Activities in the last year included two new student welcome lunches in honor of Dr. Nidhi Rao, Dr. Isra Ibrahim and Dr. Moufida Abufarwa, and a potluck social grill at the home of Biomedical Sciences department chair, Dr. Paul Dechow, and his wife, Dr. Joanne Blum. The potluck get-together featured a delicious, multicultural assortment of edibles, a heavy downpour of rain, which - thanks to the department chair - was enjoyed from a comfortable and (most importantly) dry, covered patio, and especially by the smaller guests who attended - Jack and Maggie Bonds, Sebastian Reyes and Rita Claire Smith - who are all children of grad students. Not long before Christmas, a popular fund-raiser, the snowman decorating contest, was held. The new student luncheons gave our new students a chance to ask questions and discuss their research interests with our existing student body and also allowed current students to share their projects and experiences. In addition, the BMS-GSA hosted a pizza lunch gathering at school to allow students to make announcements regarding recent student accomplishments such as Dr. Monica Prasad-Gibson's acceptance into the Periodontics program at Ohio State University and Dr. Afsaneh Rangiani's acceptance into the Orthodontics Program at the University of Connecticut.
Dr. Robert Spears, Professor, became the new Baylor College of Dentistry Director of Curriculum as of October 1, 2012. He took over this post from Dr. Amp Miller, Professor, Restorative Sciences. The position includes a 50% appointment in the Department of Academic Services. Dr. Spears’ duties as Director will include oversight of the Curriculum Committee, implementation of curricular review and incorporation of new teaching methodology, review of course syllabi, and management of course scheduling.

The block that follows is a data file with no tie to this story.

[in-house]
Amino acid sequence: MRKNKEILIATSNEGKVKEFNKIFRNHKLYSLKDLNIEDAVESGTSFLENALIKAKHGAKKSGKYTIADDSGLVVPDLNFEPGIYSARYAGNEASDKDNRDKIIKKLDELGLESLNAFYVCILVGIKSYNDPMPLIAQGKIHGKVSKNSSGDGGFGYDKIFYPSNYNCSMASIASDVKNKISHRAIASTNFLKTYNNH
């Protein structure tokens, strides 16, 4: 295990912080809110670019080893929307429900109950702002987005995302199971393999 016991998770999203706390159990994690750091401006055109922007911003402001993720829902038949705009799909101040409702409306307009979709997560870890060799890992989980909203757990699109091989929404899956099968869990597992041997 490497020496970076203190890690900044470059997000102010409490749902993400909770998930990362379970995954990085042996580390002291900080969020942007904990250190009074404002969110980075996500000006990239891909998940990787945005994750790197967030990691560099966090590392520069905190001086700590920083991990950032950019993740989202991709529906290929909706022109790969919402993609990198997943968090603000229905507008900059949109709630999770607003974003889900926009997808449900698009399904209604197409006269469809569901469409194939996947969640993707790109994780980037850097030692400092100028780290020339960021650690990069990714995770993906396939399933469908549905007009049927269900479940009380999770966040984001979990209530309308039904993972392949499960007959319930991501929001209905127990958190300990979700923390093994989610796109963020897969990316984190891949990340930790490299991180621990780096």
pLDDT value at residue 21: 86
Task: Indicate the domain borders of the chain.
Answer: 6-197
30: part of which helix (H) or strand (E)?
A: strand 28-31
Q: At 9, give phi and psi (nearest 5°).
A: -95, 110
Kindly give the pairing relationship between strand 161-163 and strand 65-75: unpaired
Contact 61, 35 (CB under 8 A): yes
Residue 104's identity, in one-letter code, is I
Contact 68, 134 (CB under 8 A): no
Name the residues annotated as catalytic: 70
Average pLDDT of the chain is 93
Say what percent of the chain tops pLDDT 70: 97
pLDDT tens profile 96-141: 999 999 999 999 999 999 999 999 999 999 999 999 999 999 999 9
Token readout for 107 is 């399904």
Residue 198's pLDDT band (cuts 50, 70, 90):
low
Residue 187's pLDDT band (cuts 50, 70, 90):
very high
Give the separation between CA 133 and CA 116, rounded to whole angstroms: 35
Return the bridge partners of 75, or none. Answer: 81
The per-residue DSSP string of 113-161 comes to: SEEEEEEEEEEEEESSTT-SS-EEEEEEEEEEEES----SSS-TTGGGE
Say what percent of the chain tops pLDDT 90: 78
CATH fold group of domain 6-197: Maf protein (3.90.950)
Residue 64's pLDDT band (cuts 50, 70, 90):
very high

Dr. Phillip Kramer was the winner of the 2012 Basic Science Faculty Award, in recognition of his outstanding record of continuous research funding, which has produced a number of peer-reviewed publications and other indicators of excellent scholarly activity. He has been funded continuously by major grants from the National Institutes of Health/National Institute of Dental and Craniofacial Research since 2003. His most recently funded project is described in a separate article on page 8 of this newsletter. The total amount of funding from the grants on which he has served as Principal Investigator comes to approximately $4,025,000. The focus of Dr. Kramer’s work is on reducing pain from orofacial diseases. Of the patients reporting temporomandibular joint (TMJ) orofacial pain, 75% are females. Pregnant females, having high levels of estrogen and progesterone, report less TMJ pain. Thus, his lab is investigating the role sex steroids have in modulating orofacial pain and the mechanisms by which these hormones modulate such pain. One important contribution Dr. Kramer’s lab has made to the pain field is the development of an animal model for assessing orofacial pain. Utilizing this model, they have found potential roles for the Gaba and glycine receptors in the modulation of orofacial pain by estrogen. Dr. Kramer has published over 40 peer-reviewed articles and five book chapters since 1996, and has given 21 invited presentations about his research findings.
Yinshi Ren, M.S. student in Dr. Feng’s lab, was presented with the 2012 Hatton Student Award at the Annual Meeting of the American Association for Dental Research (AADR) in Tampa, FL. His presentation was entitled “Sclerostin Deletion Rescues Periodontal Bone Loss in Periostin Knock-out Mice”. He is pictured receiving his plaque from Dr. Jeff Ebersole, outgoing AADR President.
Dr. Shuxian Lin, PhD student in Dr. Jian (Jerry) Feng’s lab in Biomedical Sciences, was selected to received a 2012 American Society for Bone and Mineral Research (ASBMR) Young Investigator Award for her abstract presentation, “A Key Pathological Role for the Wnt/beta-catenin Signaling Pathway in Hypophosphatemic Rickets/Osteomalacia”. She received a $1000 honorarium and a plaque commemorating the award. Her plaque was presented to her on October 14, 2012, during a reception at the annual ASBMR meeting.
Cara Kessler, M.S., dental student, won an American Association for Dental Research Student Fellowship AADR Student Research Fellowships. She received a stipend of $2,100 and $600 in travel funds to attend a future meeting. Cara also won the first place award at the Hinman National Student Research Symposium for the poster she presented entitled “Il-17 and IL-23 affect inflammation in the TMJ.”
Dylan Patrick, dental student, was awarded a $2500 student research award from the American Academy for Implant Dentistry. He conducted his research on the affects of silica-based biomaterials on the expression of Osterix during osteoblast differentiation. The results of his work will lead to new insights on the development of these materials for bone regeneration. Dr. Venu Varanasi, Assistant Professor in Biomedical Sciences, is Dylan’s mentor.